Since my original idea for the program was not working, I wrote a new program based not on theoretical equations, but on collected data. First, I tracked the ranges produced by various launch angles from 50 to 80 degrees by launching the ball repeatedly over a large sheet of paper covered by carbon copy paper. The results--inverted to give angle produced by range instead of the other way around, are shown below. Each dot is an average value of between five and nine trials.

Range vs. Angle.JPG

I then used Kaleidagraph to fit a quadratic equation to the data (shown on the graph). I used the equation produced in the new program to calculate the launch angle given a range. Its code is below:

function [theta] = angle(r)
theta = 127.03 - 1.0202*r + .0032744*(r^2);
s=instrfind; %Find any serial links (we can have only 1)
delete(s); %... and delete.
%Create a new serial communications link
s=serial('COM1','Baudrate',115200,'Terminator','CR');
fopen(s); %... and open it
pw = ((90-theta-1)+61.884)/.10103;  %Translates angle to pulse widths
ch=1;  %Defines channel
cmd=['#' num2str(ch) 'P' num2str(round(pw)) 'T' num2str(200)];
%creates command string from given variables
fprintf(s,cmd);  %Sends the command to serial link.
end

Materials

- Servo with connecting cords

- Matlab

- Spring, plug, and loading rod

- Nail

- Plastic tubing

- Metal ball

- Assorted screws, string, and double-sided tape

- Target (piece of paper)

Problems and Evaluation

I never did get my launcher working as accurately as I would have liked. Once I hot-glued the plug to the spring, the launcher started shooting sideways. Since is shot more sideways for different angles, it made it very difficult to line up with the target. This was probably because the diameter of the ball was smaller than the diameter of the tube, making the ball "rattle around" during launch. It would also have been because of a slight slant to the face of the plug, or some completely unknown issue. Given more time, I might have corrected the problem by adding a second, horizontal servo that would move the launcher to adjust for the sideways shooting.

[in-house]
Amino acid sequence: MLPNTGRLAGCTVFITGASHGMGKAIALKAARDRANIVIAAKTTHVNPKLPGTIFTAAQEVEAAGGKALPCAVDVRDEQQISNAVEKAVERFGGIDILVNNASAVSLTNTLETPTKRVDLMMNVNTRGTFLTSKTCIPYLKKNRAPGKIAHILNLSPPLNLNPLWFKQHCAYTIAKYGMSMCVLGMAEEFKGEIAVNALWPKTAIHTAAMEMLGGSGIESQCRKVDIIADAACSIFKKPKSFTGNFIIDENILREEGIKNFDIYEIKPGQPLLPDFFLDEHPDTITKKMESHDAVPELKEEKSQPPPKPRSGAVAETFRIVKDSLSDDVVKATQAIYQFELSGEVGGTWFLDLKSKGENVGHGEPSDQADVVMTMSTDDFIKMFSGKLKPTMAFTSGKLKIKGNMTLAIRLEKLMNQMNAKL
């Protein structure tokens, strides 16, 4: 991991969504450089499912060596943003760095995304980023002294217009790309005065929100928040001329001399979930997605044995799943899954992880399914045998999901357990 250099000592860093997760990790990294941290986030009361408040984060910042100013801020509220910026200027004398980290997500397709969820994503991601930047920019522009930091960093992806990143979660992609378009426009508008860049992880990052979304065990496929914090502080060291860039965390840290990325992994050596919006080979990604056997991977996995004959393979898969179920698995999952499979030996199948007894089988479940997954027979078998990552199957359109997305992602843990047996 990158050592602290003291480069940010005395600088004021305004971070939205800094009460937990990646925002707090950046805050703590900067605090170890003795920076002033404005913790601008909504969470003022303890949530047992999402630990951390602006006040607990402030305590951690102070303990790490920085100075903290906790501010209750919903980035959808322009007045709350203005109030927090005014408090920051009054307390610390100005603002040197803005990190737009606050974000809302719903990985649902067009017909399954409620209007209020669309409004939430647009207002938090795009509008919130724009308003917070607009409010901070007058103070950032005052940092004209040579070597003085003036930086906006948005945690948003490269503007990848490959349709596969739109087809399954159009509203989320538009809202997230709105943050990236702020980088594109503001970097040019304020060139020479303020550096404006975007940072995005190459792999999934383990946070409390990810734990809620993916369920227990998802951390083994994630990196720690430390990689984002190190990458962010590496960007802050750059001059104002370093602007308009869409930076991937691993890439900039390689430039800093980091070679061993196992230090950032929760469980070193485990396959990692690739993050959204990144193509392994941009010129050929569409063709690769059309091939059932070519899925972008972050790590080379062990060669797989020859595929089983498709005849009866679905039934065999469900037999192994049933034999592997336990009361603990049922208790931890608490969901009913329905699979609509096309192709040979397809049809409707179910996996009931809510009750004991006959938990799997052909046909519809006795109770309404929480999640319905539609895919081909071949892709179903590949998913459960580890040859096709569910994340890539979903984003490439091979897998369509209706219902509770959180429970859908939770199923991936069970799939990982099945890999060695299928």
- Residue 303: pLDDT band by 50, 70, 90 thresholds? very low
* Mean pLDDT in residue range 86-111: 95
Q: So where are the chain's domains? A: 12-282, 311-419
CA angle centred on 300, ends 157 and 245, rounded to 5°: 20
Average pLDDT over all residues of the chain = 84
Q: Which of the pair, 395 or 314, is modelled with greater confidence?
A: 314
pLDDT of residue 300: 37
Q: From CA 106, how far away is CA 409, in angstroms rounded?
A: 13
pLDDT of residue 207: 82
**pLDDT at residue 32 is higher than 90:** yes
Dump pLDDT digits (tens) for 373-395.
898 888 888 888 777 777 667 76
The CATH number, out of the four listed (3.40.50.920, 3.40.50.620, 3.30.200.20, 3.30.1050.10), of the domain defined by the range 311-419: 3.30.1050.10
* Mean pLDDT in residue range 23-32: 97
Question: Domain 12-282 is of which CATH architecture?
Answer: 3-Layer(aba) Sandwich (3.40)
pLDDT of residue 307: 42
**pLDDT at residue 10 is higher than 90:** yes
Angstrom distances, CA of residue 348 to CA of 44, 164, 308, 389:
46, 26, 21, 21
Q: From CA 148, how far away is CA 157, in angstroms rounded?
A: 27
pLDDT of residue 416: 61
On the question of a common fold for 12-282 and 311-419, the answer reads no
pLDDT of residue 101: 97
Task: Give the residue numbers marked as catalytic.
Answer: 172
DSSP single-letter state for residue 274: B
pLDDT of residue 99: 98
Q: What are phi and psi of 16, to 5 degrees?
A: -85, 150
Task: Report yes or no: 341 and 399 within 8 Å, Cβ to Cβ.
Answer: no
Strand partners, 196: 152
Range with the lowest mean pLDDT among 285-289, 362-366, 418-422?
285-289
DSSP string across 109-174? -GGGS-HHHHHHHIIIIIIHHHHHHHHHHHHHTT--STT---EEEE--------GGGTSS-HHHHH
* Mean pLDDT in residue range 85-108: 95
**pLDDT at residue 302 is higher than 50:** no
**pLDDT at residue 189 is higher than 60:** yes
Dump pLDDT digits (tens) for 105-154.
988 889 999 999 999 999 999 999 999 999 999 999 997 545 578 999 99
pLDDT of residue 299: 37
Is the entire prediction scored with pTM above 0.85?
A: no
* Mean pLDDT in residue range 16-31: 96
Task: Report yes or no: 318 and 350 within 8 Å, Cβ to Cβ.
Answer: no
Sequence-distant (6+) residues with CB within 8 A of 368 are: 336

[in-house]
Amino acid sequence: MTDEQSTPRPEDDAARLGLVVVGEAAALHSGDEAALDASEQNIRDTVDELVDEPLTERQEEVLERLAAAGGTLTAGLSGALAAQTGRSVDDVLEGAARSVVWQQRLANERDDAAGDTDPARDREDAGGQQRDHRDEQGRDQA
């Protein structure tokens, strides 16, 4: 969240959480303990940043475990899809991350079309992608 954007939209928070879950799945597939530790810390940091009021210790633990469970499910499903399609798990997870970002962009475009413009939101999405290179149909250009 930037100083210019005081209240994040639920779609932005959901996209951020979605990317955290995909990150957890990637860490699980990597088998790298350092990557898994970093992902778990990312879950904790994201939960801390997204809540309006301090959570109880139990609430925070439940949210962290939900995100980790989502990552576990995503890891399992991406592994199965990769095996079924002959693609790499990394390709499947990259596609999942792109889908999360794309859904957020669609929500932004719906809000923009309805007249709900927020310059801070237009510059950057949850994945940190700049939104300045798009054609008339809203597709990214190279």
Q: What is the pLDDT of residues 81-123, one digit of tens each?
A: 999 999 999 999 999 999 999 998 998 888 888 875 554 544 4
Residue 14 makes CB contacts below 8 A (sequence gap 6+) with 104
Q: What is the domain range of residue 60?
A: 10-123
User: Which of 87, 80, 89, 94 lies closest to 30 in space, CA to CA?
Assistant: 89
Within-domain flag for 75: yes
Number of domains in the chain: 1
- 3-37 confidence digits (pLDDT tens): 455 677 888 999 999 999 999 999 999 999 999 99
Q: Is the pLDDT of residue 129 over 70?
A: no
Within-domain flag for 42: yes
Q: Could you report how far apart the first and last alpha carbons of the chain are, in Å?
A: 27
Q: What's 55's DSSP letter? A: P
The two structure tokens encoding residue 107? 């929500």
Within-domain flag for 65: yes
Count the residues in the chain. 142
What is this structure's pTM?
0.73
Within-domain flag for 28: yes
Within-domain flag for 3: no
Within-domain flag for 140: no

Also, although the ball usually landed near the target with the final program, it didn't always hit it. The accuracy probably could have been improved by taking more data of the ranges for given angles and using it to refine the quadratic fit equation.


I think the main thing I learned from this project was that when building actual things, as opposed to theoretical models, you can sometimes get more accurate results using a rough fit based on data than you can using the correct theoretical equations. The theoretical method is affected too badly by uncontrollable or unknown variables. Also, problems raised by the theoretical equations can sometimes be ignored when using a rougher fit. My original program would have required the target to be at the same height as the mouth of the launcher. The revised program made it possible to use a piece of paper on the tabletop as the target, perhaps six inches lower than the mouth of the launcher.

Timeline

Week of 11/17: Collect materials; plan exact design; solve physics that will underlie the Matlab program.

Week of 11/24: Construct launcher and determine initial velocity; write Matlab code.

Week of 12/1: Mount launcher on the servo and frame; debug.